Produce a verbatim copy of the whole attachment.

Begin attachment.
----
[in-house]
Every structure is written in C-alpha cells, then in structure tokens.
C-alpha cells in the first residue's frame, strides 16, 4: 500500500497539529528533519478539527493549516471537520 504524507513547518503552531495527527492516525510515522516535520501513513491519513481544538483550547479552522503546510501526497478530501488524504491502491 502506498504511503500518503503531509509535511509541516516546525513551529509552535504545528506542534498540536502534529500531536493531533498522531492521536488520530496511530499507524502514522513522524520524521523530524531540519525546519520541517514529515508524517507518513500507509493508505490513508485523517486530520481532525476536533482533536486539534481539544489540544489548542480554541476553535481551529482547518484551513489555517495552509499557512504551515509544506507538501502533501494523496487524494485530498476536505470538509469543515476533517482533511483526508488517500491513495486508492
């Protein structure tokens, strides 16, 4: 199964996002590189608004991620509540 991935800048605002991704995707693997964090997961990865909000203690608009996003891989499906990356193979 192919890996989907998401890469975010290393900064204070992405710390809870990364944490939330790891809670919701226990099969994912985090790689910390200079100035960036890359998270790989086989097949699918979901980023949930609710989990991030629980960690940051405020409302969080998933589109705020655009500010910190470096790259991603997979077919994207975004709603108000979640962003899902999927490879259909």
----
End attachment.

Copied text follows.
[in-house]
Every structure is written in C-alpha cells, then in structure tokens.
C-alpha cells in the first residue's frame, strides 16, 4: 500500500497539529528533519478539527493549516471537520 504524507513547518503552531495527527492516525510515522516535520501513513491519513481544538483550547479552522503546510501526497478530501488524504491502491 502506498504511503500518503503531509509535511509541516516546525513551529509552535504545528506542534498540536502534529500531536493531533498522531492521536488520530496511530499507524502514522513522524520524521523530524531540519525546519520541517514529515508524517507518513500507509493508505490513508485523517486530520481532525476536533482533536486539534481539544489540544489548542480554541476553535481551529482547518484551513489555517495552509499557512504551515509544506507538501502533501494523496487524494485530498476536505470538509469543515476533517482533511483526508488517500491513495486508492
């Protein structure tokens, strides 16, 4: 199964996002590189608004991620509540 991935800048605002991704995707693997964090997961990865909000203690608009996003891989499906990356193979 192919890996989907998401890469975010290393900064204070992405710390809870990364944490939330790891809670919701226990099969994912985090790689910390200079100035960036890359998270790989086989097949699918979901980023949930609710989990991030629980960690940051405020409302969080998933589109705020655009500010910190470096790259991603997979077919994207975004709603108000979640962003899902999927490879259909």